Sidelines: This week in sports

Ohio-State-Michigan

Reporter Brett McMurphy was under fire from plenty of current and former Ohio State football players after publishing a report that suggested Urban Meyer covered up former assistant Zach Smith’s use of racial slurs against athletes. McMurphy, who was the primary reporter regarding the Zach Smith allegations, arrests, and so on, is currently working for Stadium (a sports network). On November 13, McMurphy published a report titled, “The Search for the Truth About Trevon Grimes’ Transfer From Ohio State to Florida” detailing the wide receiver’s process of deciding to leave Ohio State and in turn ending up in Gainesville.

Things don’t totally align here, as Grimes stated that his reason for leaving Ohio State was that his mother had been diagnosed with cancer, and he wanted to be closer to home while she went through her battle. The primary source for McMurphy’s story is Grimes’ father — who according to other reports — supposedly has not had contact with his son or Trevon’s mother in two years.

The real problem with McMurphy’s reporting is that there is a lengthy list of athletes who are denying what happened between Smith and Grimes. Yes, the conversations of domestic violence issues of Smith and whether or not Meyer knew will go on for a long time. If Meyer knew, he was in the wrong. If he didn’t know, he should have done better and made sure he knew what was going on. But what McMurphy is doing now is asinine, and it seems like he just wants to pick a fight with anything he can get his hands on (whether he has credible sources or not).

Colorado announced that Mike MacIntyre won’t return as their head coach. MacIntyre went 10-4 two seasons ago, including 8-1 in conference play. He had his first head coaching gig at San Jose State, where he took a team from 1-12 in his first season to 10-2 in his third season, where he then left for Colorado. In 2017, the Buffs declined significantly to 5-7, and are currently 5-6 despite a 5-0 start this season.

Let’s talk about some more college football. As we near the day that the College Football Playoff committee announces the four teams who will get a shot at a national championship, a huge consideration that is made for each team is strength of schedule. For a team like Michigan, lets say, if they were to beat Ohio State and win the Big Ten, they should unequivocally be in the playoffs. Their one loss, the first game of the season, came to Notre Dame (on the road in South Bend). The Fighting Irish remain undefeated, but have one final test against USC. It’s hard to imagine the Irish not getting a spot should they sit at 12-0 on November 25.

Now let’s look at the SEC, who only play eight regular season games. Alabama played the Citadel in week 11, Georgia played Massachusetts, LSU played Rice and Florida played Idaho. That’s quite a lacklustre list of non-conference opponents. Teams like Alabama and Georgia will likely find themselves in the playoff — and that’s the difficult thing. The SEC champion being a one-loss team should get in. If Georgia beats Alabama, they should be in. If Alabama wins, they should get in. But should the SEC finalist get in?

Right now your top four are: Alabama, Clemson, Notre Dame, and Michigan. If Ohio State beats Michigan, they’ll go to Indianapolis to play Northwestern in the Big Ten Championship. Their one loss to Purdue, while not against a ranked opponent, shouldn’t matter more than their wins against Penn State, Michigan State, and Michigan (as well as Northwestern). There is still, however, this glory about the SEC, and how a two-loss LSU is somehow still a worthy top 10 team in the country. If LSU had lost 24-21 to Bama — sure, top 10, but they didn’t — they lost 29-0. Their first loss was to Florida, who is now 8-3 and has lost to Georgia, Missouri, and Kentucky.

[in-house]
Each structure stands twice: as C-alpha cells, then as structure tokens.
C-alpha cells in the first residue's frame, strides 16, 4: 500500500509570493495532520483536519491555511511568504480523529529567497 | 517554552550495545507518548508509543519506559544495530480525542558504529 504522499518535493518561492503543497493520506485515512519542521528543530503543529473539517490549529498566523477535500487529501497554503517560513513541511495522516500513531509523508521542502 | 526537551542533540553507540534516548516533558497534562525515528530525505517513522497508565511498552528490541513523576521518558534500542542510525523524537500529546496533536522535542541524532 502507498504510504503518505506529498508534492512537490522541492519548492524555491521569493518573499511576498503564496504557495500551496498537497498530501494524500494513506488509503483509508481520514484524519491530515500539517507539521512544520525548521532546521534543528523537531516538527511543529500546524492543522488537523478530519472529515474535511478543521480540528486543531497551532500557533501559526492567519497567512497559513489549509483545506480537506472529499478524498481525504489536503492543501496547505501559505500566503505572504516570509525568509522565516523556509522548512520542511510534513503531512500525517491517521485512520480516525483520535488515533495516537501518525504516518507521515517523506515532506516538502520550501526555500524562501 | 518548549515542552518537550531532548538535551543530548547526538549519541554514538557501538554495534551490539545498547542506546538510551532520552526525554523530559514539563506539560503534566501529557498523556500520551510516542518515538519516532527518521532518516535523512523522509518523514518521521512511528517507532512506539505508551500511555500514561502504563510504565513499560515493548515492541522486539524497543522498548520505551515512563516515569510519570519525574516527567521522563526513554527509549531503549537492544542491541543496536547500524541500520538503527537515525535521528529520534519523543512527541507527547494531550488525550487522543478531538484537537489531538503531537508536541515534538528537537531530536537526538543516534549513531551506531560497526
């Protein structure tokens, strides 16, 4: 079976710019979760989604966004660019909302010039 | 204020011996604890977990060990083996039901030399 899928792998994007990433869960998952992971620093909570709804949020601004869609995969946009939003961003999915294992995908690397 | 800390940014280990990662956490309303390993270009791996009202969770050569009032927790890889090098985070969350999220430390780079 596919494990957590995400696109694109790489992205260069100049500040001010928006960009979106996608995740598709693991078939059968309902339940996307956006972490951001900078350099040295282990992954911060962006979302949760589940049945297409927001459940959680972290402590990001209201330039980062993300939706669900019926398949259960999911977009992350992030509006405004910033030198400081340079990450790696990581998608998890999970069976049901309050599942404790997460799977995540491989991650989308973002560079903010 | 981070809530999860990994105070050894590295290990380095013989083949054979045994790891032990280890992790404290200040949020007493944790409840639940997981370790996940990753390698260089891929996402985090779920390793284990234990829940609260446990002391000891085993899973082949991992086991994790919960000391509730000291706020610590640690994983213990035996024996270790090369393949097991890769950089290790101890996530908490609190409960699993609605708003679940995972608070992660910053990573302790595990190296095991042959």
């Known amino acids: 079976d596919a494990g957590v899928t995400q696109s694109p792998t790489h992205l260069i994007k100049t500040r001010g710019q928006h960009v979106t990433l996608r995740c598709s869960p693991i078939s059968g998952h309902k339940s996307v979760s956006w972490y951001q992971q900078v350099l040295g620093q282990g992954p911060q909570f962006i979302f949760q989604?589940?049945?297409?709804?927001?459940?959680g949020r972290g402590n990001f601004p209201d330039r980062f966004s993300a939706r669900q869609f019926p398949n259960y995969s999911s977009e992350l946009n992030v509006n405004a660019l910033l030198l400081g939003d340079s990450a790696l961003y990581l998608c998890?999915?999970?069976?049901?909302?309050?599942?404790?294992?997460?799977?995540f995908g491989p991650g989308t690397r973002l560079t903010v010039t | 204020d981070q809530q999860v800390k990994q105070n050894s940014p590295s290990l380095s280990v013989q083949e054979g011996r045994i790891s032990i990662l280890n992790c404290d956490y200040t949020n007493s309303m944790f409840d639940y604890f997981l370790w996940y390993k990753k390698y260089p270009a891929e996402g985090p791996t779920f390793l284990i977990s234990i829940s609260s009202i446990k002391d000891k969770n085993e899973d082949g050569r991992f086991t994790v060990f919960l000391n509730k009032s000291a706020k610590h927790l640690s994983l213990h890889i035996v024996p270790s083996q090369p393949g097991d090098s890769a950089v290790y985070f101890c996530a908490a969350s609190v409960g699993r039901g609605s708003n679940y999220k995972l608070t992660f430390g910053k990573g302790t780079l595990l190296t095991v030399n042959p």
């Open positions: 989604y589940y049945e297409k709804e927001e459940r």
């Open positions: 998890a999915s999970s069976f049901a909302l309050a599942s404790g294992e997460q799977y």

What happens if Clemson loses to South Carolina, but wins the ACC — will they still get in? Well, probably.

If Ohio State beats Michigan and wins the Big Ten, is it fair that Michigan doesn’t get in with their two losses coming to two teams who would be in the top-4, whereas Clemson could get in, and their only opponents who MAY be in the top-25 at seasons end are Boston College and Syracuse (both are currently three-loss teams).

The CFP should be expanded to eight teams, because it would generate much more interest from fans throughout those two weeks of December, and it would simply bring more excitement to the playoff. If we had an eight team playoff, the matchups right now would be: Alabama vs. UCF, Clemson vs. Washington State, Notre Dame vs. Oklahoma, and Michigan vs. Georgia. Who wouldn’t love all four of those games?

Mental health is an ongoing topic. There are ways we can improve our mental health and help others around us maintain theirs. The latest example of someone looking out for the mental health of others is Toronto Maple Leafs head coach Mike Babcock.

The Leafs star forward, Auston Matthews, sustained a shoulder injury a few weeks ago and will be sidelined likely for the rest of this month (possibly longer). Typically, injured players don’t attend road trips with their teams if they aren’t going to be able to play in any of the games.

Babcock, however, chose to have Matthews on the team’s road trip this past week where the team played the Los Angeles Kings, San Jose Sharks, and Anaheim Ducks.

When Babcock was asked about bringing Matthews on the trip, his response was, “If you’re a married guy, you’ve got three kids, you can be home with your family. But you’re a young guy sitting in Toronto in your condo, what do you do? These are your buddies. Mental health is as important as the physical part.”

Babcock is a prime example of a professional sports figure who is making a keen effort to raise awareness for — and help improve — the mental health of athletes.

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